Four presidential candidates, including Sisi, announced for Egypt's upcoming elections
Three presidential candidates have been permitted to run against Egypt's incumbent President Abdel Fattah al-Sisi in the coming elections, due on 8 December this year, after they have met the required stipulations, a vote viewed by analysts as "a foregone conclusion."
Other than Sisi, Farid Zahran, head of the opposition Social Democratic Party, Abdel-Sanad Yamama, head of the country's oldest liberal party Al-Wafd, and Hazem Omar, head of the People's Republican Party will run for the country's most prestigious political post, according to the agency.
Every rival has been given an electoral symbol. Sisi, already seeking a third term in office, chose the star, while Zahran selected the sun, Yamama picked the palm tree, and Omar got the sign of the ladder.
Each of the four candidates has been allowed to open a bank account at one of two of the country's main national banks for campaigning expenses.
On its part, NEA will monitor the deposits made into each candidate's bank account and the donations received for their respective campaigns, provided that each does not spend over 20 million EGP (about US$650,000) and 5 million EGP in case of a runoff is held.
Two other candidates had earlier withdrawn from the race for not meeting the required conditions, including Ahmed Tantawi, ex-MP and journalist, and Gameela Ismail, Al-Dostour party chairwoman and former journalist.
The elections are not expected to be free or fair as previous polls held since Sisi's 2013 military coup have given improbable majorities for Sisi and have been marked by the arrest of rival candidates.
"None of the three candidates stand any chance against Sisi in elections. The presidential contest is nothing but a façade, like the case with previous ones. Even the candidates know this for a fact. Sisi has the army, the judiciary, and to a great extent, the interior ministry behind him," a prominent political analyst told The New Arab on condition of anonymity, fearing for their safety.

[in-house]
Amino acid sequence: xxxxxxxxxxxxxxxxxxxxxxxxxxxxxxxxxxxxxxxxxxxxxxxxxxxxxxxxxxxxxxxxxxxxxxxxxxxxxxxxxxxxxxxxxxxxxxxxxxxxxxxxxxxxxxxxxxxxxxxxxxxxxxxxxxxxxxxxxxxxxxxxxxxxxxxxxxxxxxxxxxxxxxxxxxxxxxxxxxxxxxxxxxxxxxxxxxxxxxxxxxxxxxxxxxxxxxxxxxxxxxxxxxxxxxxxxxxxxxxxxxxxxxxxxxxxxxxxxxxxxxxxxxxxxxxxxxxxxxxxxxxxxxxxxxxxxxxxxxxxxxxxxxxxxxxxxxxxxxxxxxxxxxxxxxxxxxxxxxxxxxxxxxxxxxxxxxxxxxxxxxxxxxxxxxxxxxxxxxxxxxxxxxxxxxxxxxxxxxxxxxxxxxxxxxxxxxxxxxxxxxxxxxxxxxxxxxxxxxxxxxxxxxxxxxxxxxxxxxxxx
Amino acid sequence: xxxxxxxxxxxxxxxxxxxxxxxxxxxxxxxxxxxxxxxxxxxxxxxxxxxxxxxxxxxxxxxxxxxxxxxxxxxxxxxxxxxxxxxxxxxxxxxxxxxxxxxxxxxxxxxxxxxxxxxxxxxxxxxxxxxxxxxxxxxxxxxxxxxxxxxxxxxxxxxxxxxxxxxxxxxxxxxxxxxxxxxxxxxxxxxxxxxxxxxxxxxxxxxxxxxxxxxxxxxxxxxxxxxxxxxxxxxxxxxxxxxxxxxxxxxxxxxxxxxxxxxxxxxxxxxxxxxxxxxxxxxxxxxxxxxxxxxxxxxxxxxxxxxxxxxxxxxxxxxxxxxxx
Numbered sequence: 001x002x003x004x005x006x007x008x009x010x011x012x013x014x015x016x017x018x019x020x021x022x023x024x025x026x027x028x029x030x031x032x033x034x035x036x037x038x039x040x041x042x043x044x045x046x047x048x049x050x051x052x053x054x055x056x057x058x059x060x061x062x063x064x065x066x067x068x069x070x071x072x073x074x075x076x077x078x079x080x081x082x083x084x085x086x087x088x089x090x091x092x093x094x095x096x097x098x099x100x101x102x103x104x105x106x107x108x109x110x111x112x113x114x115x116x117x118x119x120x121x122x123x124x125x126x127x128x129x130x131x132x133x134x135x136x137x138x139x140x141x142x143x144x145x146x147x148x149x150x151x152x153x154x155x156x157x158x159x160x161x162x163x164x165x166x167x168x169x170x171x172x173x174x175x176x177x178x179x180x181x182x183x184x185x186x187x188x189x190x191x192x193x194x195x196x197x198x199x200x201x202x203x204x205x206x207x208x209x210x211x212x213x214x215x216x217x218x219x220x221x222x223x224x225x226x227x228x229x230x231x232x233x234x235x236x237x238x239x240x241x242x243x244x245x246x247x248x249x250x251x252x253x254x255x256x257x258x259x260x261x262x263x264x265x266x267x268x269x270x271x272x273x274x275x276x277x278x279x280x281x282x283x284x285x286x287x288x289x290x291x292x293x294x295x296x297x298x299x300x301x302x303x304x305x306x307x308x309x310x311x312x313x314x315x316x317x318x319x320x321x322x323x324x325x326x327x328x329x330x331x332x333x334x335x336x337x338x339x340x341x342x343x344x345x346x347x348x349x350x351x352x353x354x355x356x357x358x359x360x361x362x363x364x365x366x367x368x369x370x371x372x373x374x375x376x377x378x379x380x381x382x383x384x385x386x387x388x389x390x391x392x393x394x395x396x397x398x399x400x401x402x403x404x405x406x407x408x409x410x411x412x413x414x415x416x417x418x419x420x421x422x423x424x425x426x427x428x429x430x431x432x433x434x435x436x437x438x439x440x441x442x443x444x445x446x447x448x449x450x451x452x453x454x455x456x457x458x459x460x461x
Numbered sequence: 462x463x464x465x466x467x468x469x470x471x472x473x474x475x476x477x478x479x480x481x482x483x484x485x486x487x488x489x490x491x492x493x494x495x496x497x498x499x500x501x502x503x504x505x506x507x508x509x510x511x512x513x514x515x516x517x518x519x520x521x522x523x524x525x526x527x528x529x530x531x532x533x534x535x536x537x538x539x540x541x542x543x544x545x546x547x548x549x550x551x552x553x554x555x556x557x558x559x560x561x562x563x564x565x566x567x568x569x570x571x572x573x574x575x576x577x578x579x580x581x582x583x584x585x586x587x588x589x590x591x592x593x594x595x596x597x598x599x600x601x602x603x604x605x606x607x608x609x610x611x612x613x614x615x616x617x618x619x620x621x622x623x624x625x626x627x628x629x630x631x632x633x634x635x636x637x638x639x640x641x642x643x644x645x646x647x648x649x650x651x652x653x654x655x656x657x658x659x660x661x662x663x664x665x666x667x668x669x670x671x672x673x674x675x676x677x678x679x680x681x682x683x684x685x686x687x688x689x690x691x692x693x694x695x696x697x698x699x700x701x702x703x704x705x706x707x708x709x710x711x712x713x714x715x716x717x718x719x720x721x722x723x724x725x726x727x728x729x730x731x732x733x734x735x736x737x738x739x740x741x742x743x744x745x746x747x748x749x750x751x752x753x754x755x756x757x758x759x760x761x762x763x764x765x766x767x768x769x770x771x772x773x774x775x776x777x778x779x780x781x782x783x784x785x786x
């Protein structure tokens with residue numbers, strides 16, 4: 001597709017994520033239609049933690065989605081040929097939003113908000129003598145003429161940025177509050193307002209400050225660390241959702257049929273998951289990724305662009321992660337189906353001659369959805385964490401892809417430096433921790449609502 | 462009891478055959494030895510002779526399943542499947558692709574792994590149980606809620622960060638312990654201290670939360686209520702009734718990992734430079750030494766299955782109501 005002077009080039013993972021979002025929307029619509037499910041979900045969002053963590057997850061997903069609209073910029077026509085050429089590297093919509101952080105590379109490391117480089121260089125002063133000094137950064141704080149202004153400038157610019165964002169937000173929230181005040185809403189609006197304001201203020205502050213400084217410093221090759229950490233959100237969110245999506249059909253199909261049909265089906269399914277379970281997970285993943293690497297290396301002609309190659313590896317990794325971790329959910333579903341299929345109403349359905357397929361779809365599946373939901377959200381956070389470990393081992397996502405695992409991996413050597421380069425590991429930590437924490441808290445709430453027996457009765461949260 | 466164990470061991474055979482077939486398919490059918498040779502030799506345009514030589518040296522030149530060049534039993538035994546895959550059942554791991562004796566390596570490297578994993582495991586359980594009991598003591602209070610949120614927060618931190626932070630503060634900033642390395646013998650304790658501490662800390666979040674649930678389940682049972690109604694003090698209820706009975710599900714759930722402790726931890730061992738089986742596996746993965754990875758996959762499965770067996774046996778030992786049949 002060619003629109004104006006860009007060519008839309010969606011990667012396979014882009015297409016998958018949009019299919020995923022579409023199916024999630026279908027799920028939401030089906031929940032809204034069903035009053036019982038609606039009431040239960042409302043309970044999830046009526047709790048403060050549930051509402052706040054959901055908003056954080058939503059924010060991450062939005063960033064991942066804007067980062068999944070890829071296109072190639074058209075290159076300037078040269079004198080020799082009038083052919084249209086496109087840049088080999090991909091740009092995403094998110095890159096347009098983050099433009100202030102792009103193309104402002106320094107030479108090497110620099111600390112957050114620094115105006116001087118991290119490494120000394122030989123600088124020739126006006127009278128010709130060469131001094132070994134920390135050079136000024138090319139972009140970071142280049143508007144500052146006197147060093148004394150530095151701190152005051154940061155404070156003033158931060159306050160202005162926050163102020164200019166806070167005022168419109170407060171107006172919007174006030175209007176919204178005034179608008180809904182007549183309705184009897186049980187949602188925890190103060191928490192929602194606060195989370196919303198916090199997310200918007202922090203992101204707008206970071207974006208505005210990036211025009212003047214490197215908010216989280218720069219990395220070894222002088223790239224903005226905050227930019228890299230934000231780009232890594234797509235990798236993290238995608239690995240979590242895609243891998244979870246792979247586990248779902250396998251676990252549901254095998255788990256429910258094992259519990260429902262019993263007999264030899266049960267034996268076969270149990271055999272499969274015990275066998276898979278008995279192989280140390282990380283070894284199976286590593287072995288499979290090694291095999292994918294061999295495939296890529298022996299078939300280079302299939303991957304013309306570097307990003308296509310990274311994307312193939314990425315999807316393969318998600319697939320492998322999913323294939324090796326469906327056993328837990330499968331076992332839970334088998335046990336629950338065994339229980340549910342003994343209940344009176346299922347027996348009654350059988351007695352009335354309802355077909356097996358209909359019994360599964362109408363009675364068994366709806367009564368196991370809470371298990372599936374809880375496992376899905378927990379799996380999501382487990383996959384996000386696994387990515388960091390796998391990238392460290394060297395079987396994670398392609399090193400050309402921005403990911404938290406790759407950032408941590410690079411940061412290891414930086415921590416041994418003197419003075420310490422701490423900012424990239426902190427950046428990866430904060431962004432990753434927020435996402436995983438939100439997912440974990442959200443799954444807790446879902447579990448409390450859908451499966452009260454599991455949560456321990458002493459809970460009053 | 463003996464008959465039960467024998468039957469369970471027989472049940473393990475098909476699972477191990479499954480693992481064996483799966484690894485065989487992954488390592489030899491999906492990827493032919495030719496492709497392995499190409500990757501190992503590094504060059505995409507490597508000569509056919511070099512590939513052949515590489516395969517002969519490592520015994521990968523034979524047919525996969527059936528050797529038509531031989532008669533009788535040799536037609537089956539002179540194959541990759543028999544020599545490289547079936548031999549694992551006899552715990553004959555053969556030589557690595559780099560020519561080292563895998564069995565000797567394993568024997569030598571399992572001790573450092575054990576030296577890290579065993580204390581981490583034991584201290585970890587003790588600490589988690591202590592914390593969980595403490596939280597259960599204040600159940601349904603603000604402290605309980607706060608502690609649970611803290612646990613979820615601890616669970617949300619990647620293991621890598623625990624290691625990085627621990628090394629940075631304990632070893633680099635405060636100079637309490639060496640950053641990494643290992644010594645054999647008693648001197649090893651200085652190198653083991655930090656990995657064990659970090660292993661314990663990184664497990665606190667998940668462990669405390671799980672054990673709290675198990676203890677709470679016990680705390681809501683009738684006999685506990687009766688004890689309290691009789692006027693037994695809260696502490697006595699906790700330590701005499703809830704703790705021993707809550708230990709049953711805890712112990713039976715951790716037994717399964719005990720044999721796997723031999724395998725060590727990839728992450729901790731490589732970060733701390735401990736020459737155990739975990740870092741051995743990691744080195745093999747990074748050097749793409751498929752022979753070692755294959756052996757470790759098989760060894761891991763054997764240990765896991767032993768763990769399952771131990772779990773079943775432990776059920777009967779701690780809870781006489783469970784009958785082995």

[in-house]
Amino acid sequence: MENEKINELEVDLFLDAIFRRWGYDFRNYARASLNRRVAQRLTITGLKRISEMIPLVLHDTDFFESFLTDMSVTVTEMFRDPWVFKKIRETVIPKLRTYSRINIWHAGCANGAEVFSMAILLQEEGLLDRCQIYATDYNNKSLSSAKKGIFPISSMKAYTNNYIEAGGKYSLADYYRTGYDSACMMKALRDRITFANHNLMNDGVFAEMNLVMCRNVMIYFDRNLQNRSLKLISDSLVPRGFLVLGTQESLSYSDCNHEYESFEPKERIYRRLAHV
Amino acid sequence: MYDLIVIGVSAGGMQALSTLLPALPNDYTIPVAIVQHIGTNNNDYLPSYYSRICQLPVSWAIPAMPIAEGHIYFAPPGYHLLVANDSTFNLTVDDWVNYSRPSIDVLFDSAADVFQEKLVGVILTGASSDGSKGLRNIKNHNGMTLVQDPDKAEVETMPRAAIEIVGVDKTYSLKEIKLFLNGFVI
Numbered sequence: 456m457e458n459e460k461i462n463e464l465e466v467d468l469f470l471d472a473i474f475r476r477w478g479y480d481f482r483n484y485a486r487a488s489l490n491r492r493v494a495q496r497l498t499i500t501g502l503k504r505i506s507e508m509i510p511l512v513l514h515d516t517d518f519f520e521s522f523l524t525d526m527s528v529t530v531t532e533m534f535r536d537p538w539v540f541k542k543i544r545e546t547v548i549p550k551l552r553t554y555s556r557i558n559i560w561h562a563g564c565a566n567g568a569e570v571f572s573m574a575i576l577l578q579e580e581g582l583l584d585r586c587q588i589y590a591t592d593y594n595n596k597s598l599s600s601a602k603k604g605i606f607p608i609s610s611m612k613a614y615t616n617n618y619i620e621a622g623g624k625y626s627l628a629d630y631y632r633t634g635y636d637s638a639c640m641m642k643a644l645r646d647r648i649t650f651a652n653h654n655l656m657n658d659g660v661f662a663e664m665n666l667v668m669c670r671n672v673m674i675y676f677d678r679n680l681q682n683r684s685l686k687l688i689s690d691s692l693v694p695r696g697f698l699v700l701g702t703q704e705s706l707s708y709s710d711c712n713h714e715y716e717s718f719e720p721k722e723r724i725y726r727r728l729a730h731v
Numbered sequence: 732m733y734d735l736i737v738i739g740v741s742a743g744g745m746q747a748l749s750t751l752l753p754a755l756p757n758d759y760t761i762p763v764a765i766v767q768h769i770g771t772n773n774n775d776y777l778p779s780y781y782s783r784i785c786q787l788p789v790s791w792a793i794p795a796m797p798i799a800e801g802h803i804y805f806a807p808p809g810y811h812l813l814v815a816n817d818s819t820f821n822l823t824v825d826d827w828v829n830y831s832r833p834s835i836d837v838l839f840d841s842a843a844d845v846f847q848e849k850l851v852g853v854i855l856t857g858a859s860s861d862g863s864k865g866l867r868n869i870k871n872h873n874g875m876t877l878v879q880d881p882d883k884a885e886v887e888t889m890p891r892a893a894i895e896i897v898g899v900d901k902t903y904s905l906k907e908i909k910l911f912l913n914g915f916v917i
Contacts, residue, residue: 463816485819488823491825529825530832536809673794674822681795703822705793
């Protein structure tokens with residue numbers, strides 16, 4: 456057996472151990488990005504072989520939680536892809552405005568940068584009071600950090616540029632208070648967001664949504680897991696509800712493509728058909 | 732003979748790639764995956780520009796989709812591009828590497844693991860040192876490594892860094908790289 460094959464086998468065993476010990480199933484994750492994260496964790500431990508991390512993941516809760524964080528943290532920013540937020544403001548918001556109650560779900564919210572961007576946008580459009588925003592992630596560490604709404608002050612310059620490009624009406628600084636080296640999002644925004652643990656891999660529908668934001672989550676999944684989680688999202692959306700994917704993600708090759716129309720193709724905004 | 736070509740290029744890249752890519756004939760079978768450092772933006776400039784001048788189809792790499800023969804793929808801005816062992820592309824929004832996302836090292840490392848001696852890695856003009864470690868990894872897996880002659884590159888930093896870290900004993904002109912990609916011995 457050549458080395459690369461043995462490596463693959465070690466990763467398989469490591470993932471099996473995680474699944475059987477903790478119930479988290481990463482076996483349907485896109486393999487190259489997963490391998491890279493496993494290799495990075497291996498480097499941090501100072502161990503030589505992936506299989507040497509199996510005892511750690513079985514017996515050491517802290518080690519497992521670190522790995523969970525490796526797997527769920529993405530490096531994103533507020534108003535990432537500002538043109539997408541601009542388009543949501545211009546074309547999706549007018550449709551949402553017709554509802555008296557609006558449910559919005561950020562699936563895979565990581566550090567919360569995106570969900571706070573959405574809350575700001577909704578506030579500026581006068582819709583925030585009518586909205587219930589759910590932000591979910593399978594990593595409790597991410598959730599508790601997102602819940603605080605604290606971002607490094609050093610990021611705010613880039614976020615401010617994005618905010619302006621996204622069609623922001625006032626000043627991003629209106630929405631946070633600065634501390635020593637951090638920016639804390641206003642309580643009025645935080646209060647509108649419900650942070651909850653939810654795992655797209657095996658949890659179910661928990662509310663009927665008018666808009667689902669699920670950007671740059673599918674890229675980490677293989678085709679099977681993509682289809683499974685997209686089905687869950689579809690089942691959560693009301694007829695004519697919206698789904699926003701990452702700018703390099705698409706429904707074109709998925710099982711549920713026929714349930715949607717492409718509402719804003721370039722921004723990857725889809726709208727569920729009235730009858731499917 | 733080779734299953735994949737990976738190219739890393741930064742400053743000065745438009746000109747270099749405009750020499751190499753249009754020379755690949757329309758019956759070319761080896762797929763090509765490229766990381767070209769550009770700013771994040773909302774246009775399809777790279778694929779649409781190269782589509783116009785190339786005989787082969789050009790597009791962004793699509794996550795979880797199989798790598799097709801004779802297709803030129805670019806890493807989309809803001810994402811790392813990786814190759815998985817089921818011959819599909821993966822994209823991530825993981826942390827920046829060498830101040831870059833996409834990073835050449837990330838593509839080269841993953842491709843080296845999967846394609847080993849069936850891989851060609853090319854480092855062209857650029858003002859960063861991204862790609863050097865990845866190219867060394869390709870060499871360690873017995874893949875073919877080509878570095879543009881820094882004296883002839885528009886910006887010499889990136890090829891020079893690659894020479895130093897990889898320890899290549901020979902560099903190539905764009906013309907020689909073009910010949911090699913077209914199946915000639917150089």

"The government is known to have approved who will run against Sisi as no possible replacements have been allowed to join the competition before. But they need to fool themselves by pretending there is a poll while it is actually nothing but a foregone conclusion," the analyst added.
Former presidential hopeful Tantawi was referred to a criminal trial this week for allegedly circulating unauthorised endorsement forms for Egypt's upcoming elections, among other charges, in addition to his electoral campaign manager and 21 other campaigners who had been detained earlier.
The Egyptian constitution stipulates that presidential candidates must secure endorsements from 20 MPs or 25,000 registered voters in at least 15 provinces, with a minimum of 1,000 endorsements from each province, which Tantawi failed to garner.
"Sisi just punishes Tanatwi for attempting to challenge him even though both men know the former MP didn't stand a chance in the first place," the analyst concluded.
The elections will be held amid severe socio-economic instability, economic mismanagement, and ongoing corruption issues in Egypt.
This year's election comes amid severe socio-economic instability and the worst crackdown on human rights and media witnessed in decades.
Last October, the Central Bank of Egypt imposed exchange rate flexibility, allowing the value of the Egyptian pound to be regulated by market forces. The change aimed to save Egypt's already ailing economy after securing a US$3 billion loan from the International Monetary Fund (IMF).